Upper Orwell Crossing scheme in Ipswich will be ‘catalyst for the town’ say business leaders
Simon Lee Photography
The Upper Orwell Crossings in Ipswich will play ‘a big part in the town’s renaissance’ according to business leaders as they visited investigation works for the £100 million project.
Representatives from Suffolk County Council and business groups met to discuss the benefits of the scheme during a site visit of investigation works which will be used to draw up the final plans.
The proposals include the construction of three bridges in the Waterfront area with the aim of easing congestion in the star Lane/Fore Street area of Ipswich and opening up the Island site in the Wet Dock area.
Investigation works will reveal the underlying properties of the riverbed allowing engineers to design where the foundations will sit. Construction is expected to start in 2020, with completion scheduled for 2023.
However MP Sandy Martin has previously stated he is not in favour of the largest bridge, linking Cliff Quay with the West Bank of the river, and would rather see the money put towards a northern by-pass.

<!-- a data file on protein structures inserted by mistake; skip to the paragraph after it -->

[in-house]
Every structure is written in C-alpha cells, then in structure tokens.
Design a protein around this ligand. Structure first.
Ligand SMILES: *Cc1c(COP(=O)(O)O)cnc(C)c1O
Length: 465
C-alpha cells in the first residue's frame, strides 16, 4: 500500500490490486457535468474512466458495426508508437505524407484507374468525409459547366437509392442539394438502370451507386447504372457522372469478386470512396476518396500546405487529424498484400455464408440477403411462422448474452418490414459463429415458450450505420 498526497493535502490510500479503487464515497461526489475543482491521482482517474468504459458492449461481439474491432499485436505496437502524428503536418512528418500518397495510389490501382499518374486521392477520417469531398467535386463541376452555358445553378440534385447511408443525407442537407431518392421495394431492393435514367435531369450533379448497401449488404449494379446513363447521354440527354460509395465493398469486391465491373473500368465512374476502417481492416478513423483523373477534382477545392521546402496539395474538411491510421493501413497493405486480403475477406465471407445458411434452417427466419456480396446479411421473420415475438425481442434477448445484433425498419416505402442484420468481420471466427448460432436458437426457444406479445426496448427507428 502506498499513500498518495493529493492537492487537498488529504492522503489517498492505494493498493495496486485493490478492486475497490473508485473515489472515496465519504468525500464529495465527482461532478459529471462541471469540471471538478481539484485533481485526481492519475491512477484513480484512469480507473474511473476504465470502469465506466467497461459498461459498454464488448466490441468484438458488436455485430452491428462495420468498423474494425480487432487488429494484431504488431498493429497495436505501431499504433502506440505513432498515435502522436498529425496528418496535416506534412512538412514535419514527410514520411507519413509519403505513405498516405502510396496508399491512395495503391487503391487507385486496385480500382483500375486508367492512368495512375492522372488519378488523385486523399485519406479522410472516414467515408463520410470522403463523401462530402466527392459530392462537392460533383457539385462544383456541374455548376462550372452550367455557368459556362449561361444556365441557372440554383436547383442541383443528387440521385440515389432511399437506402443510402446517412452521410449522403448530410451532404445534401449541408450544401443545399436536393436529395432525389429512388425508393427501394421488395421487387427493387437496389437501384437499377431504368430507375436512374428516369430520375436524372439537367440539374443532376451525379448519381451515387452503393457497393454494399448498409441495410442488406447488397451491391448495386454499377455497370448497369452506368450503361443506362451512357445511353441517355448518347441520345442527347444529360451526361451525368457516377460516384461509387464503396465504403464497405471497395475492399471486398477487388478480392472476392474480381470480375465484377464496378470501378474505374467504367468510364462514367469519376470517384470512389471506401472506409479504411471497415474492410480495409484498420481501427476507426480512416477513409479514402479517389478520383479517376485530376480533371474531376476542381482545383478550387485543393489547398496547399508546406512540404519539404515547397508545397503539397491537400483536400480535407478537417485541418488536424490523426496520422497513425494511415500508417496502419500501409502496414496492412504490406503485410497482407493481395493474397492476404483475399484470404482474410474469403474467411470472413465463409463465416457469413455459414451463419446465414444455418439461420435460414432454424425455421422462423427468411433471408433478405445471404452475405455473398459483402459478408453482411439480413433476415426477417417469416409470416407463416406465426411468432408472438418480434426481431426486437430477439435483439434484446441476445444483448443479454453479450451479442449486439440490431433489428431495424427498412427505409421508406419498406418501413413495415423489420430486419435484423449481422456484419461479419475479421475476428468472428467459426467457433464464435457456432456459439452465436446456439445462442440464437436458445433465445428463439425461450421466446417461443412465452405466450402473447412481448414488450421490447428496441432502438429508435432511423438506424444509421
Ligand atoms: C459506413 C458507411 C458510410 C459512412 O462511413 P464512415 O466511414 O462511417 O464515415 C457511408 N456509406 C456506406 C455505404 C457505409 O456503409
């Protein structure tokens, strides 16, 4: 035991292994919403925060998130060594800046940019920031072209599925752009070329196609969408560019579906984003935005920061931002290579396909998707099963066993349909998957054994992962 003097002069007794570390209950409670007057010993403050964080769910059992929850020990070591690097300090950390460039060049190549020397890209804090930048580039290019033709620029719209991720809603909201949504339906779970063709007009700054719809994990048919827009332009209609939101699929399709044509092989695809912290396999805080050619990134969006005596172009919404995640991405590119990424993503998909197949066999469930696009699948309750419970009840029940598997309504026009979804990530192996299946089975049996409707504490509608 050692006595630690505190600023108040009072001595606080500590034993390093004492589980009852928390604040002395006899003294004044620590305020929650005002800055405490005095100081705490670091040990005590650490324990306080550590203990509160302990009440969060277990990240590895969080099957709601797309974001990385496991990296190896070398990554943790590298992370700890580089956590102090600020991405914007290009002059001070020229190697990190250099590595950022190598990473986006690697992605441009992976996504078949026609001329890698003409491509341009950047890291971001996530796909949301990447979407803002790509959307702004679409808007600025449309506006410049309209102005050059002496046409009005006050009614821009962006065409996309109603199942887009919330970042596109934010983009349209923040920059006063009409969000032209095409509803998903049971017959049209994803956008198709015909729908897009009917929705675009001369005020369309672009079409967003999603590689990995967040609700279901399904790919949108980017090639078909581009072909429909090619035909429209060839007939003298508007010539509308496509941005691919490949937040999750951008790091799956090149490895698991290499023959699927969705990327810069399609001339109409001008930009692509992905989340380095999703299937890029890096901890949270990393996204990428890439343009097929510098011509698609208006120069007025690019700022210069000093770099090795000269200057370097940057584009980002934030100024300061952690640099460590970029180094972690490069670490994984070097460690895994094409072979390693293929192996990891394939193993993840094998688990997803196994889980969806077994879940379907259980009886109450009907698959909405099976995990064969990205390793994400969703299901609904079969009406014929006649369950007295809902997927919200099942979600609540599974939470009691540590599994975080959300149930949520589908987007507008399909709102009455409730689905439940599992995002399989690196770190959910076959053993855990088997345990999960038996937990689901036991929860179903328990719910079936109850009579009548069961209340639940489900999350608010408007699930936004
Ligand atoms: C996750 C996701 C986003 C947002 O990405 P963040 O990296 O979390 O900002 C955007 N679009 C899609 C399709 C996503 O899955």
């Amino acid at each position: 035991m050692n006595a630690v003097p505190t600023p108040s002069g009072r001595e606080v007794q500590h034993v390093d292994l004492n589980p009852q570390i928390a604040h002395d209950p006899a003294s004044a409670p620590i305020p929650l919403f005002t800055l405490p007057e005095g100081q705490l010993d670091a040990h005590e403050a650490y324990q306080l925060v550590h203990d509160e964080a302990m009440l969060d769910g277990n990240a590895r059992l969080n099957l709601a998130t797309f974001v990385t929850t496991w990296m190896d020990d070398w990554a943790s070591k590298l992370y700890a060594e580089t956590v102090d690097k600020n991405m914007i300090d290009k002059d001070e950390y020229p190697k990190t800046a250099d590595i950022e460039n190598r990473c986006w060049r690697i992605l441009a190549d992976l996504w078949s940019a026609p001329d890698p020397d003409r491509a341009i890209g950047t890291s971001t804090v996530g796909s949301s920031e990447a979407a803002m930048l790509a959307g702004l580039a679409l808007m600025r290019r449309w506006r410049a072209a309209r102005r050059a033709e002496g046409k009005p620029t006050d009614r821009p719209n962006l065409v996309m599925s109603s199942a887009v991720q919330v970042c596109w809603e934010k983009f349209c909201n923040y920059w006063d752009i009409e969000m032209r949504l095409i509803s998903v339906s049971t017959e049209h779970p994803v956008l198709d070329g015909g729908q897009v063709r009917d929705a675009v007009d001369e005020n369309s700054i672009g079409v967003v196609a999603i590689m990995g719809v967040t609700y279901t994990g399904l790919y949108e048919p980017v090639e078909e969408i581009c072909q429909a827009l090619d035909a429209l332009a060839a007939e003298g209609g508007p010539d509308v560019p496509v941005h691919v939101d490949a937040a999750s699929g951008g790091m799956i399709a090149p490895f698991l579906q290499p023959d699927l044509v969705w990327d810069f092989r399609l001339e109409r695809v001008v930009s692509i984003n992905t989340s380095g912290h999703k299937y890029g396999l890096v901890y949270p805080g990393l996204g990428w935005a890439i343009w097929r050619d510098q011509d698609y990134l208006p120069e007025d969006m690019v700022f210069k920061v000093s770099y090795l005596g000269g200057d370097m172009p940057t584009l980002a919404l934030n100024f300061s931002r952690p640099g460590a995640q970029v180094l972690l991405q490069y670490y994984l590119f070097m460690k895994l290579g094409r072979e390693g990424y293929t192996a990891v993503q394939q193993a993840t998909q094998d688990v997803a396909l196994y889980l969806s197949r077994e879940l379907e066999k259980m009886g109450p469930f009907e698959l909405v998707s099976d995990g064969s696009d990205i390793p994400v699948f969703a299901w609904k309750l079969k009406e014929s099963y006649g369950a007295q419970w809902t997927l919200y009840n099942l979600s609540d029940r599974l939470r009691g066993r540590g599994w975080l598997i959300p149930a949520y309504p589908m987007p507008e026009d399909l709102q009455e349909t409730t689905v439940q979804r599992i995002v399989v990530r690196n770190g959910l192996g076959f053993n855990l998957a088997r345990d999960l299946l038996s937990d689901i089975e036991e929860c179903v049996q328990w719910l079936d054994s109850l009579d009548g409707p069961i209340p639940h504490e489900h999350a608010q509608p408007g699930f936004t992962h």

But Councillor Colin Noble, leader of Suffolk County Council backed the plans, describing it as a ‘catalyst’ for the regeneration of the south of the town.
He said: “This is an exciting step in the design process for the three crossings. The scheme will improve journeys and provide greater connection opportunities for many people in Ipswich, there are also massive economic benefits to the scheme, as the three crossings will enable the redevelopment of the Wet Dock Island and continued success of the Waterfront area.
“The crossings will also act as a catalyst for the regeneration of the southern area of Ipswich.
“These are ambitious targets but Suffolk County Council is ambitious and we want to provide the best we can for the town and in turn, the rest of the county.”
Terry Hunt, chairman of the Ipswich Vision Board, said: “These crossings will be important for Ipswich in many ways, and will play a big part in the town’s renaissance, along with the Cornhill project, the completion of the so-called Wine Rack, and a number of other exciting developments.”
David Redhead, from Suffolk Chamber of Commerce, described the project as a ‘vital piece of the jigsaw’ for the town alongside improvements to junctions on the A14 and procedures for the closure of the Orwell bridge.